BLACK DOVE (Paloma Negra) Press Release

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One of the most powerful voices in contemporary Chicana literature on what it means to be a Mexican-American woman, feminist, and single mother in a world that often doesn’t feel like home

Black Dove
Mamá, Mi’jo, and Me
Ana Castillo
“Reading Black Dove is like sitting down to an intimate chat with Castillo about growing up with one foot in your parents’ world and the other in your own. Thank you for this gift.”
— Veronica I. Arreola, founder of Viva La Feminista

“Órale! Castillo teaches us how to become the Latina sister outsider we all dream of being.”
—Ileana Jiménez, founder of Feminist Teacher

“Ana Castillo is an American treasure. Fearless, compassionate, and flat-out brilliant—she is the writer we need as we navigate the challenges of our ever-changing world.”
—Tayari Jones, author of Silver Sparrow

“Ana Castillo is a warrior. She is a warrior with a brilliant mind and a wickedly witty tongue. Her take-no-prisoners view of the Chicano experience plumbs the range of Mexican and Mexican-American history, from pre-conquest to modern day. With all the skill imprinted by her Mayan ancestors, she weaves reality, the supernatural, spirituality, dualism, sexuality, sexism and classism into the warp and weft of her works. She has taken on her Chicana heritage, both defying it and defining it.”
—Bi Magazine

“Castillo describes a childhood and young adulthood spent moving among Mexico, Chicago, and elsewhere, pursuing education, love, and a growing sense that writing could provide a way to make sense of her life and the difficulties faced by a nation with many cultures living side by side. It is a high-wire act, to bring together a combination of personality characteristics and specific cultural touchstones and make it resonate with a wider readership, but the author handles it well… a compassionate look at those crossing points in our shared lives.”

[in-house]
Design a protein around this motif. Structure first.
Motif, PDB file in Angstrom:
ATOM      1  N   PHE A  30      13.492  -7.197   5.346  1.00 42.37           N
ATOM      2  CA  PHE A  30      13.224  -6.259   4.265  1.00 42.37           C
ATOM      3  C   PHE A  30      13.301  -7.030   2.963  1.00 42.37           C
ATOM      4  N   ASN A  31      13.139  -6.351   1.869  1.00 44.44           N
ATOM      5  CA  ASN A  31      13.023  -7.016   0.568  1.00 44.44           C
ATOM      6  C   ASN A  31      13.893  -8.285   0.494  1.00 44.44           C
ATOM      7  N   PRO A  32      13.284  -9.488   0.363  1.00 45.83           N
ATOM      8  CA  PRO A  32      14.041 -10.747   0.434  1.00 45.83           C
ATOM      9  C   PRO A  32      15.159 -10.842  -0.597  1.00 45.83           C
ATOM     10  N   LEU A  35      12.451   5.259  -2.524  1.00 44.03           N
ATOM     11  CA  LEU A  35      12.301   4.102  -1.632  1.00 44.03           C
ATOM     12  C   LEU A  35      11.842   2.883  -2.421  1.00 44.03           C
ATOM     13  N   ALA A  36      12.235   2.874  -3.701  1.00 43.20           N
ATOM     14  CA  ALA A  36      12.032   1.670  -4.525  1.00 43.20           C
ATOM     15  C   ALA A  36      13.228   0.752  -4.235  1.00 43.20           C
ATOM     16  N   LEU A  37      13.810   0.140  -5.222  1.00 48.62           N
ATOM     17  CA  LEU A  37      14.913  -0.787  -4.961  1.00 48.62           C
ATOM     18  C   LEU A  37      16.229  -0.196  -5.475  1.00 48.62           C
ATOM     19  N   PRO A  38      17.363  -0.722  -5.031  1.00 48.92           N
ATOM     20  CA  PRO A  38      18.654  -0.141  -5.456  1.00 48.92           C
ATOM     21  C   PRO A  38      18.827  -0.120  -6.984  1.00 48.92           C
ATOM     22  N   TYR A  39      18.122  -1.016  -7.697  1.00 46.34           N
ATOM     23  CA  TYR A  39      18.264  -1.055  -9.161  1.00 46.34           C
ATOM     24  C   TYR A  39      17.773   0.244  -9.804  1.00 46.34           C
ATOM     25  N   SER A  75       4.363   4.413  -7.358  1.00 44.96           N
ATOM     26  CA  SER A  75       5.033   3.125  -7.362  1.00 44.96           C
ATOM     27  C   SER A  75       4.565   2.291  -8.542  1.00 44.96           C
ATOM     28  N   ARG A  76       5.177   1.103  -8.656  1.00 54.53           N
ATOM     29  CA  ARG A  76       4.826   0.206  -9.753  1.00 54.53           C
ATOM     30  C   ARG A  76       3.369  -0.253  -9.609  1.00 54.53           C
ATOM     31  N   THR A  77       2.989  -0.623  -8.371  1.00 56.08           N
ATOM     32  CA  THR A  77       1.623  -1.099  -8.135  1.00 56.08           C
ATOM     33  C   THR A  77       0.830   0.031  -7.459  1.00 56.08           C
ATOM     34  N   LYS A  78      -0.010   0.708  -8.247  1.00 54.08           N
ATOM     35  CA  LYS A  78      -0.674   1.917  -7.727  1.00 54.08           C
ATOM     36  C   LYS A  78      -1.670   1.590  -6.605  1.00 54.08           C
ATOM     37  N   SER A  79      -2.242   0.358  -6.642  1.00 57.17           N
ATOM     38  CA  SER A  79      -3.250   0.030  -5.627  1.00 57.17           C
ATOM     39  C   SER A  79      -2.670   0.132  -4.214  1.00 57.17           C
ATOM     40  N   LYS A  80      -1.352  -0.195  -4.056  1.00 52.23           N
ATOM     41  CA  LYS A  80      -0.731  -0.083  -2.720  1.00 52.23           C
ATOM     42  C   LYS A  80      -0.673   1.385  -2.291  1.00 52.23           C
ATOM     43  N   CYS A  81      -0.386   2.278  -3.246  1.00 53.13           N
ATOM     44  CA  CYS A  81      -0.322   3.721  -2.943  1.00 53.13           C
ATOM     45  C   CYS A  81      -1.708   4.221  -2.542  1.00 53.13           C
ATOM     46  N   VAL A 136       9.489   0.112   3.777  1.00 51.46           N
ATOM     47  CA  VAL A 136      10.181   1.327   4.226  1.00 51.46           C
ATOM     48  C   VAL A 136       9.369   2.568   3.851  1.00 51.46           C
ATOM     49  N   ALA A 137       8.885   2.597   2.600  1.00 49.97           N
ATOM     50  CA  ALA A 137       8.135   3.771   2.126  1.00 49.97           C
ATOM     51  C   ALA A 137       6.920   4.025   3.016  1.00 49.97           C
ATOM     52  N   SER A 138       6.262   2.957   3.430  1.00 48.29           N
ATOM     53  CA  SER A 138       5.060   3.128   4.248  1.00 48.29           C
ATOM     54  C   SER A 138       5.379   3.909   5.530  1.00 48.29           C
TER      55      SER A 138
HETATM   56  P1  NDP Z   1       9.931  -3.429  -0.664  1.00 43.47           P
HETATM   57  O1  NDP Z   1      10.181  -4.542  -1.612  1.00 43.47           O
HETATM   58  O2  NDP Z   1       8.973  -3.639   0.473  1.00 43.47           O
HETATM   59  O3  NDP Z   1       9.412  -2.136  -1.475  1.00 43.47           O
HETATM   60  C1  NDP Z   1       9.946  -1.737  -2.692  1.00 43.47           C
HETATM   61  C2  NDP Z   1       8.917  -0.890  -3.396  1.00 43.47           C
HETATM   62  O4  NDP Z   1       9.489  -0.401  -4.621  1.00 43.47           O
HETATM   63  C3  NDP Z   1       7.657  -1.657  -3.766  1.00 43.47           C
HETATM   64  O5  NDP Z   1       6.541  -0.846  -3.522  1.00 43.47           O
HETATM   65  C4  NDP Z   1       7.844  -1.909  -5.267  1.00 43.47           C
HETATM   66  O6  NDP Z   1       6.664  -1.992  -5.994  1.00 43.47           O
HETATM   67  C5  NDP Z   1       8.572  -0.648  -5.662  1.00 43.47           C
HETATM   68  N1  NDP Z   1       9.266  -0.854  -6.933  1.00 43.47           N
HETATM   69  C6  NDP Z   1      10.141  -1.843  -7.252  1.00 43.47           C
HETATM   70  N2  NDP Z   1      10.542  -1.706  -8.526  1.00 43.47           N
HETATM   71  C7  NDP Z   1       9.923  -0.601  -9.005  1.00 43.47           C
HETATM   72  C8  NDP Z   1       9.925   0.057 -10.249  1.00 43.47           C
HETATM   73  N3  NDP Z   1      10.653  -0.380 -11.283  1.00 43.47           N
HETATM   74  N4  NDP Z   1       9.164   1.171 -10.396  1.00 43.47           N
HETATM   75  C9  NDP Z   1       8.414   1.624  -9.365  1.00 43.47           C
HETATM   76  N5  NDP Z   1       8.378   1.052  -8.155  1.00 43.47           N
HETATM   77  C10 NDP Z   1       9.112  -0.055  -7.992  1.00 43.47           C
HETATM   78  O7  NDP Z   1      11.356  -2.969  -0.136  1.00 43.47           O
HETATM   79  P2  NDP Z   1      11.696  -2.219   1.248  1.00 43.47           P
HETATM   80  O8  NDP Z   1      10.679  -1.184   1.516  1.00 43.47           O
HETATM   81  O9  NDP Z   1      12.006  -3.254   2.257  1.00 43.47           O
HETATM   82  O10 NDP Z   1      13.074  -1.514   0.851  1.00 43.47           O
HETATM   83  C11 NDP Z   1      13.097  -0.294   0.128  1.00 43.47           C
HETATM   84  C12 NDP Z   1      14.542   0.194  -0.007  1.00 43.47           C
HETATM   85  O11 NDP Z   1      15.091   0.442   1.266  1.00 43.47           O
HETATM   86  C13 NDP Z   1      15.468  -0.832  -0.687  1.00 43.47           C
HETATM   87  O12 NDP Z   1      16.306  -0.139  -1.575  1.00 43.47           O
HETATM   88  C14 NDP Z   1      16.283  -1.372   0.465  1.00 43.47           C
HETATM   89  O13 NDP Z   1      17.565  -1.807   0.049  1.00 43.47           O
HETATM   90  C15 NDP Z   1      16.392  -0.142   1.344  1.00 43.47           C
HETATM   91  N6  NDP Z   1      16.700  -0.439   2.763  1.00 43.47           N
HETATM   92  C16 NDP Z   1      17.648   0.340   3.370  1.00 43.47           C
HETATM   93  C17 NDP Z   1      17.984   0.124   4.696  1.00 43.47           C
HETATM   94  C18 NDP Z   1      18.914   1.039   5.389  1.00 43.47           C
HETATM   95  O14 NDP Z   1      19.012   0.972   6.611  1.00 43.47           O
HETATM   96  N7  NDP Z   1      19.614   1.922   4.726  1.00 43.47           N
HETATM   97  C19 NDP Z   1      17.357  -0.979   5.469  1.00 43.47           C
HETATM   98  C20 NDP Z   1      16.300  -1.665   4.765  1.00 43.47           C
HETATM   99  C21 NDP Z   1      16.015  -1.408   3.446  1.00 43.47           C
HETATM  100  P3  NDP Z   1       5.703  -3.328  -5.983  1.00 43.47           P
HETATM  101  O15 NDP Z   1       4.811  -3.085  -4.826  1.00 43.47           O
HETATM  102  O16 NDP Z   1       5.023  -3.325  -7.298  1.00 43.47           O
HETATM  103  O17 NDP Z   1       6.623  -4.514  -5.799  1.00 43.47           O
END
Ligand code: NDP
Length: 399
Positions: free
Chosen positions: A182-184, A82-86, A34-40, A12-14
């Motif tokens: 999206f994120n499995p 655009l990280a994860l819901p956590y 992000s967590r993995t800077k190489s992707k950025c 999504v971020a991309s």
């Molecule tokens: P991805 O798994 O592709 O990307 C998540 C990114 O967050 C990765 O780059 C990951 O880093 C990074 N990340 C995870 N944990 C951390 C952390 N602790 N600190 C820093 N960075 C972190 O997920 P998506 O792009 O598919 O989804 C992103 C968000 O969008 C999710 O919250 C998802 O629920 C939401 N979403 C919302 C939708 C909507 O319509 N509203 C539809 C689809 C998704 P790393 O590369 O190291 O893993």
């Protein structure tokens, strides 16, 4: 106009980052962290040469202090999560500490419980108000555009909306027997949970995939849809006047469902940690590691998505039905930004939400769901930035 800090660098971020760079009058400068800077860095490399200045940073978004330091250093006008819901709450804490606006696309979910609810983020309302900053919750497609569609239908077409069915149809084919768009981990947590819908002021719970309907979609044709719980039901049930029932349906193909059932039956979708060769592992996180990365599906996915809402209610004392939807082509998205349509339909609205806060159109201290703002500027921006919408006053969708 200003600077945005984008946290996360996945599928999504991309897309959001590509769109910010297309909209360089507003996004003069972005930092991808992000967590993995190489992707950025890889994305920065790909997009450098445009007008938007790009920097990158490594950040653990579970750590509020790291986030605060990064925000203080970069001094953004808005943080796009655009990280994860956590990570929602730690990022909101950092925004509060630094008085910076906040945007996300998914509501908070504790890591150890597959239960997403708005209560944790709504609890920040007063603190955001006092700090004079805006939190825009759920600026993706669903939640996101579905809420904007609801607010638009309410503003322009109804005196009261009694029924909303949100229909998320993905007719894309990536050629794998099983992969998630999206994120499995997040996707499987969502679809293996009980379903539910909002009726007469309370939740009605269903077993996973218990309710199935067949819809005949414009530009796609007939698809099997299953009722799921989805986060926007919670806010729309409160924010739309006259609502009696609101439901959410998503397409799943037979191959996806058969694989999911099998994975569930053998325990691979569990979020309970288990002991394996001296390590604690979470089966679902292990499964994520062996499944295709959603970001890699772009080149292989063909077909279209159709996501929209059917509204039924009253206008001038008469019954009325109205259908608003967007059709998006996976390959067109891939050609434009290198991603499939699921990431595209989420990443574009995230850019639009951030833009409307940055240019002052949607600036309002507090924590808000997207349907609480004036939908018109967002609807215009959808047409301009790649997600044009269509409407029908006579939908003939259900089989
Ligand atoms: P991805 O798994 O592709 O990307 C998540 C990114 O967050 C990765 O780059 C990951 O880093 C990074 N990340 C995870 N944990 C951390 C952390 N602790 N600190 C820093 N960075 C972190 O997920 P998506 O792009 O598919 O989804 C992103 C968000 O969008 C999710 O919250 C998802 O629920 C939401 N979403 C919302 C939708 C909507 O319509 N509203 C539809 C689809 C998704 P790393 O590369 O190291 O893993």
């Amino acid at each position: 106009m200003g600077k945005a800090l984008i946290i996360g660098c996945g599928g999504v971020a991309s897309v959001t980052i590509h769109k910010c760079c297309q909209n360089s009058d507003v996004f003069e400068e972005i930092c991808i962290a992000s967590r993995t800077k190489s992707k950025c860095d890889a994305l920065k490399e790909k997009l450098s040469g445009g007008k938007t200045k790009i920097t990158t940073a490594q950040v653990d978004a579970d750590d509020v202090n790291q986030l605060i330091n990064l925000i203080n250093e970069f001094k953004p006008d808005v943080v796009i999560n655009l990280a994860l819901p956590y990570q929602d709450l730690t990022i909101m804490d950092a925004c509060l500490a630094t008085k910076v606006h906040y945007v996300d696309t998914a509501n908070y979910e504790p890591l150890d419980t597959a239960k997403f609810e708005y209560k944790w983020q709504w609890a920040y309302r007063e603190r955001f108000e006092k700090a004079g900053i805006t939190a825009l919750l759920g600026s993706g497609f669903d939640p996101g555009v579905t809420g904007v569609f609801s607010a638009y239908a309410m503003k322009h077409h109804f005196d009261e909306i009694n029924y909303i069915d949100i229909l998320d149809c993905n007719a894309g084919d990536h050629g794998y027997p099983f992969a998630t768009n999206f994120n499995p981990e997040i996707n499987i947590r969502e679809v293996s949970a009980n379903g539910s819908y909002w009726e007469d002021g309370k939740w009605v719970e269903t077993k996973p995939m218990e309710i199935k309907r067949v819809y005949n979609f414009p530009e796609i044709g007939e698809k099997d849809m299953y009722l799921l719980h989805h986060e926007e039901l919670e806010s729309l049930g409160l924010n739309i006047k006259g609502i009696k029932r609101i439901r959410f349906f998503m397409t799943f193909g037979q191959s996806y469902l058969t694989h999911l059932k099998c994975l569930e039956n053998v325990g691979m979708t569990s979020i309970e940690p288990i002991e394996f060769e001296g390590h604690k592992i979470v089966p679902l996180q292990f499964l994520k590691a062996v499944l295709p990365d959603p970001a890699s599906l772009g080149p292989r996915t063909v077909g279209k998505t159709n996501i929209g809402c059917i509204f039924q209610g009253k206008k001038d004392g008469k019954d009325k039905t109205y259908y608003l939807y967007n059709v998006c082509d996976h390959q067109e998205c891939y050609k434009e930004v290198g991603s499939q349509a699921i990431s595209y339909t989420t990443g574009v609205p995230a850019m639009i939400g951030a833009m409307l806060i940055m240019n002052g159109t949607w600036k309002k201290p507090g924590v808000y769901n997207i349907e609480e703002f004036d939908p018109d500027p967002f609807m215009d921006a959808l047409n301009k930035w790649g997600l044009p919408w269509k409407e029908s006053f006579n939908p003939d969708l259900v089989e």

—Kirkus Reviews

“Paloma Negra,” Ana Castillo’s mother sings the day her daughter leaves home, “I don’t know if I should curse you or pray for you.”
Growing up the daughter of a Mexican Indian mother (born in Nebraska, sent back to Mexico in 1929 with repatriations, who then made her way back to the U.S.) and Mexican-American father during the 1970s, Castillo defied convention as a writer and a feminist. A generation later, her mother’s crooning mariachi lyrics resonate once again. Castillo—now an established Chicana novelist, playwright, and scholar—witnesses her own son’s spiraling adulthood and eventual incarceration. Standing in the stifling courtroom, Castillo describes a scene that could be any mother’s worst nightmare. But in a country of glaring and stacked statistics, it is a heart-wrenching, soul-crushing experience especially reserved for mothers like her: the inner-city mothers, the single mothers, the mothers of brown sons.